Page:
Secondly, the second item of article 222 of the Criminal Procedure Law of the PRC stipulates that “if an appeal is filed by only some of the defendants in a case of joint crime, the case shall still be reviewed and handled as a whole.” The purpose of this statute is to secure balanced and fair handling of each and every defendant in a joint offense so as to avoid a contradictory situation in which some defendants are proclaimed innocent in a second trial that commutes the original sentence, while other defendants in the same case are convicted and sentenced, or, a situation in which the role of each defendant in the case is inappropriately identified.
Now that the related Procuratorate organs in Beijing have arbitrarily divided a joint offense and filed separate indictments, it could very well lead to a situation where some defendants will appeal and be ruled innocent, while other defendants who do not appeal still will be penalized according to the effective verdict of the first trial of their cases.
It is clear that the government divided the case into multiple ones to diminish the impact of a large trial comparable to that of the Formosa Trial in Taiwan, and on the other hand, even though it is unlikely the trials will be open to the public, it is something that will make the government dread and lose face to have several defendants provide testimony in the courtroom and give speeches to support each other.
Finally, the defense lawyers pointed out that everyone knows that Xu Zhiyong, Ding Jiaxi, Zhao Changqing, Yuan Dong and the rest of the accused are considered by the judiciary to have violated the Criminal Law is because they were too trusting of China’s Constitution. They were merely exercising their citizen’s constitutional rights when they called for government officials to disclose their assets, their actions in no way constituted a crime defined by the Criminal Law, and the charges against them by the Beijing police and prosecutors are nothing but “political persecution.”
The defense lawyers called on the authorities to honor at least the “face” of the law and judiciary procedure and to abide by the related criminal laws that are in effect, even if they are determined to use the law for the purpose of political persecution.
Lawyer Xiao Guozhen (肖国珍), who has been an active participant in the New Citizens Movement, wishes to add the following note:
The day when Xu Zhiyong’s indictment was made public, friends asked me “Why is Xu Zhiyong indicted separately in a singular case, instead of being indicted along with others in one case?” My fellow attorneys were also asking “why is he handled in a stand-alone case in what is described as a joint crime? Are the prosecutors at the First Branch of Beijing Municipality Procuratorate idiots?”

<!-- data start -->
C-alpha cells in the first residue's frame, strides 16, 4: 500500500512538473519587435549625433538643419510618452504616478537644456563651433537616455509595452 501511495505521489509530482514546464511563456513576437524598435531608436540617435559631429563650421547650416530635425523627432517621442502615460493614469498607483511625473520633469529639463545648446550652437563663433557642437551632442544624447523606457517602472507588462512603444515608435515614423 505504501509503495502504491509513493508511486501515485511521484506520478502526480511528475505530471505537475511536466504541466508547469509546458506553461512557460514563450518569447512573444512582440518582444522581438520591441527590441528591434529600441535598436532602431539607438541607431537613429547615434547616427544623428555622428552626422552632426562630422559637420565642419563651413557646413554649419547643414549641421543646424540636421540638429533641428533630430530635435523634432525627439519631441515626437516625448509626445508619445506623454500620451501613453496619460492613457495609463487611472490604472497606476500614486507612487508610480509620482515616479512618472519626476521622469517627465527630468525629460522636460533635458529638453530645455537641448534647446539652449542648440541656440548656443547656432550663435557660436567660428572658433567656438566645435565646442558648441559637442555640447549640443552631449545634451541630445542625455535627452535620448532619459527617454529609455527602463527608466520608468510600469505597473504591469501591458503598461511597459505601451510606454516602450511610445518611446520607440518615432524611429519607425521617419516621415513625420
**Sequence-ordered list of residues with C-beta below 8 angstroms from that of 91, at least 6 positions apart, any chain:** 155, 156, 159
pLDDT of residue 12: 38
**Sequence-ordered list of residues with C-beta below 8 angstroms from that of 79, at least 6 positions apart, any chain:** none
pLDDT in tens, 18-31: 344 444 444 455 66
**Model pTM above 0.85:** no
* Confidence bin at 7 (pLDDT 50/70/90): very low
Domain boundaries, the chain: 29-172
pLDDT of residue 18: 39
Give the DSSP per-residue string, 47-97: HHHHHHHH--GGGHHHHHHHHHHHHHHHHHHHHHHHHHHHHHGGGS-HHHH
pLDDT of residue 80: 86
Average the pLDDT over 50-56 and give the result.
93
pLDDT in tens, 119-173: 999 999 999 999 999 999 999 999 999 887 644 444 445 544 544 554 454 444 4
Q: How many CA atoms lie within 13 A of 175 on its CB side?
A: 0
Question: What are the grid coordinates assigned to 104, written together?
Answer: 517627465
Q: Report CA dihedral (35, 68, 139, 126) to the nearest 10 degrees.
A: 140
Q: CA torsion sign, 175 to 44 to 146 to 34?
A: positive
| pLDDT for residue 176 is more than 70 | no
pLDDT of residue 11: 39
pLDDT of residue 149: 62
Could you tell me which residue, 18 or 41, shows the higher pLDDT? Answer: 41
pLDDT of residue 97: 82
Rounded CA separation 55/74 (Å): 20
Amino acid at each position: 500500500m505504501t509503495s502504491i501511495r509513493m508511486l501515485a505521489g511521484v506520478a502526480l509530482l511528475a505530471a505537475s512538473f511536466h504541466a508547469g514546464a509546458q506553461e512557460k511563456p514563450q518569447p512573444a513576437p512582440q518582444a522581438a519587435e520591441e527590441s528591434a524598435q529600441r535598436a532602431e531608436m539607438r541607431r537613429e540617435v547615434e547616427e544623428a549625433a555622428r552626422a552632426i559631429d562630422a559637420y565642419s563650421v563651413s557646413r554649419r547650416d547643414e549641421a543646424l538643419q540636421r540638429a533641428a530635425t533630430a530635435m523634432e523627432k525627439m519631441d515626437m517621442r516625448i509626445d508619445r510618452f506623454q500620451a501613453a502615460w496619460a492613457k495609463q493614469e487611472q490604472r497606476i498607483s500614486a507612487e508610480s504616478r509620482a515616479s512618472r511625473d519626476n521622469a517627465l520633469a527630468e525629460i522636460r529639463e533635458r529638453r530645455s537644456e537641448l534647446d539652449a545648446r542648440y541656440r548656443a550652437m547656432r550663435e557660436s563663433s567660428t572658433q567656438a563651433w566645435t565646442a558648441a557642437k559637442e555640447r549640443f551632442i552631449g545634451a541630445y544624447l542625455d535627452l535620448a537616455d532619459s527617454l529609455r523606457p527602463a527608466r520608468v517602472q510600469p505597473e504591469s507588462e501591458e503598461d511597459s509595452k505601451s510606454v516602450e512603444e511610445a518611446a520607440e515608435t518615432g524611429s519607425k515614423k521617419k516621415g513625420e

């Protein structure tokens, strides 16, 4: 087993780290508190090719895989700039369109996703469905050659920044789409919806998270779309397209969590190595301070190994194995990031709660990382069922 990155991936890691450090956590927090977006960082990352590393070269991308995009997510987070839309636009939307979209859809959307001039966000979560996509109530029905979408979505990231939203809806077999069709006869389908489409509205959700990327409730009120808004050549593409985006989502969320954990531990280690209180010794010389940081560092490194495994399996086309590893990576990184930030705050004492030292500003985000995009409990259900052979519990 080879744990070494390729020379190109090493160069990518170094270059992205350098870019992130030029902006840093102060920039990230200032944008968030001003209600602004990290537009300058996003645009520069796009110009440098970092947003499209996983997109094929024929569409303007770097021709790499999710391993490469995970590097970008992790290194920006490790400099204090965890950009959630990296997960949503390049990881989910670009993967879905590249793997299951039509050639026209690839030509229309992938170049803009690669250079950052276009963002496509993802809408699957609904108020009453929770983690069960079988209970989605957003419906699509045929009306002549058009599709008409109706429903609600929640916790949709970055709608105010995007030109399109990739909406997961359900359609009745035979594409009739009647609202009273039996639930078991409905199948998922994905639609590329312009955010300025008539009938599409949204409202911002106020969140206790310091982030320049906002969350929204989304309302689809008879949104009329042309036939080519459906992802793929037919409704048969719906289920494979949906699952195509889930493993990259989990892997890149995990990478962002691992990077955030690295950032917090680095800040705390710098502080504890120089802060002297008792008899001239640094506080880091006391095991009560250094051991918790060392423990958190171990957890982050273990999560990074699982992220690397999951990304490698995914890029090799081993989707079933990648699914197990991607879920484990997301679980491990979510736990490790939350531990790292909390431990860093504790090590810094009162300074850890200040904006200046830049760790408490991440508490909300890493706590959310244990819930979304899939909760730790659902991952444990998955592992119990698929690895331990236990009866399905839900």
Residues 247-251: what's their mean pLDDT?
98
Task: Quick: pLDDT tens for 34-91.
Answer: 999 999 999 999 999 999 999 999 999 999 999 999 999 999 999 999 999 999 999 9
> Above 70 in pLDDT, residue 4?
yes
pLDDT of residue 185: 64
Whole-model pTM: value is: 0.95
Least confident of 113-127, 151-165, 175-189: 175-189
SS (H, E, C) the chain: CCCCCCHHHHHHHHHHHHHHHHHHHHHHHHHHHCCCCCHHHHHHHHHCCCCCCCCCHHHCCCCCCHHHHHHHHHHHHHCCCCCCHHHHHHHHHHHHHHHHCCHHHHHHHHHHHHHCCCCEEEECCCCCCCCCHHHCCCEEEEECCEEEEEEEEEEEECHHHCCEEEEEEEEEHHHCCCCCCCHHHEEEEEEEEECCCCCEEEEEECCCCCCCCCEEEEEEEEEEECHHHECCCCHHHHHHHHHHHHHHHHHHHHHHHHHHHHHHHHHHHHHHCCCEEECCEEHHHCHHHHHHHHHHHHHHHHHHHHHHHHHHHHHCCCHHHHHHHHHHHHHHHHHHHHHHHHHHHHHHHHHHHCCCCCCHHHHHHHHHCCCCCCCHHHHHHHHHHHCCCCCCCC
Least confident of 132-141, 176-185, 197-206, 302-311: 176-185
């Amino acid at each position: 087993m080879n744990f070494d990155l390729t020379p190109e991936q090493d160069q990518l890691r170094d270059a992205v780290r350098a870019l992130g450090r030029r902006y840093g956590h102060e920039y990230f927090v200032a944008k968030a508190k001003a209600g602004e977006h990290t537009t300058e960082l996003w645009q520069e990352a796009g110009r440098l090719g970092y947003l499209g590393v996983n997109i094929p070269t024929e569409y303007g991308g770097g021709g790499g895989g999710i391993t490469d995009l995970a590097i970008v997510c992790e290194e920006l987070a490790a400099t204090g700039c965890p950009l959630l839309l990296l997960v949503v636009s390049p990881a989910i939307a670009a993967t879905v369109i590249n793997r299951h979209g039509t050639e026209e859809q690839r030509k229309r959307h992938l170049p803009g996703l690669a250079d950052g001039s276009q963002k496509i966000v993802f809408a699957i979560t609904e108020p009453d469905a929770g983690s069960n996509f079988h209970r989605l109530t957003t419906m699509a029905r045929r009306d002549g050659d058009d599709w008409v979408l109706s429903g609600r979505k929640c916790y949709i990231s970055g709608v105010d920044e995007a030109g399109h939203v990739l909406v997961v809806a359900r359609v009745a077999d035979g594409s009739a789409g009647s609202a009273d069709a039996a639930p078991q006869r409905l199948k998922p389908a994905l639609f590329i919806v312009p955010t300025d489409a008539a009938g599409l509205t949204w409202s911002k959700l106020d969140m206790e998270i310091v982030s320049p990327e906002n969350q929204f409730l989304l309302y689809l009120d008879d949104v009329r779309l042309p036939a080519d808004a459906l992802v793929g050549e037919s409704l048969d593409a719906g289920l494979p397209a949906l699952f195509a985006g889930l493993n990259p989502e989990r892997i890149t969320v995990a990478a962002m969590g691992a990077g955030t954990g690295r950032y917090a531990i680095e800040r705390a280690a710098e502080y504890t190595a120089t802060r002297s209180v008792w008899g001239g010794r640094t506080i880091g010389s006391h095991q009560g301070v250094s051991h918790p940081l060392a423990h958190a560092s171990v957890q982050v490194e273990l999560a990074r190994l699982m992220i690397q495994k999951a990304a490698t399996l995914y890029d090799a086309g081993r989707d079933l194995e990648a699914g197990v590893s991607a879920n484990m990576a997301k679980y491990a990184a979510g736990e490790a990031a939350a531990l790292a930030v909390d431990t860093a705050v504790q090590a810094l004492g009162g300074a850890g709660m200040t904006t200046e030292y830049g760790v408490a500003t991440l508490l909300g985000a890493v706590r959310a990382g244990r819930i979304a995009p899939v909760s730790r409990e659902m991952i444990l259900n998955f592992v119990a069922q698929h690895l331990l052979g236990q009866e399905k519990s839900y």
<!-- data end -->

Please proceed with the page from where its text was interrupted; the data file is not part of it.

According to the indictment, the authorities have determined that Xu Zhiyong had accomplices and identifies him as one of the lead “organizers” and “inciters” in the series of offenses of “gathering a crowd to disrupt order in a public place,” for which he will be tried and made to assume legal responsibility.
But if you take a look at the article 48 of the Criminal Procedure Law about admissible evidence, you will not find “confessions from defendants in the same case” or “testimonies from defendants in the same case,” and that’s because these confessions and testimonies cannot be admitted as evidence. Now that the authorities have separated Xu Zhiyong from the rest (the rest of the defendants were further divided into separate cases), his co-defendants cease to be co-defendants anymore, and their confessions and testimonies can then be used as evidence against Xu Zhiyong. In other words, in order to convict Xu Zhiyong, the authorities make sure that Xu Zhiyong has no co-defendants. The prosecutors at the First Branch of Beijing Municipality Procuratorate are not idiots; they are treacherous, and they would frame a citizen with total disregard for the law.
“Xu Zhiyong Committed No Crime, I Testify.” Parents who were part of the equal education right campaign in Beijing speak out on video [in Chinese].
The Last Ten Years, by Xu Zhiyong, in which he reviews, among other things, how the equal education rights movement started, its triumphs and regrets.
(Translation by ChinaChange.org)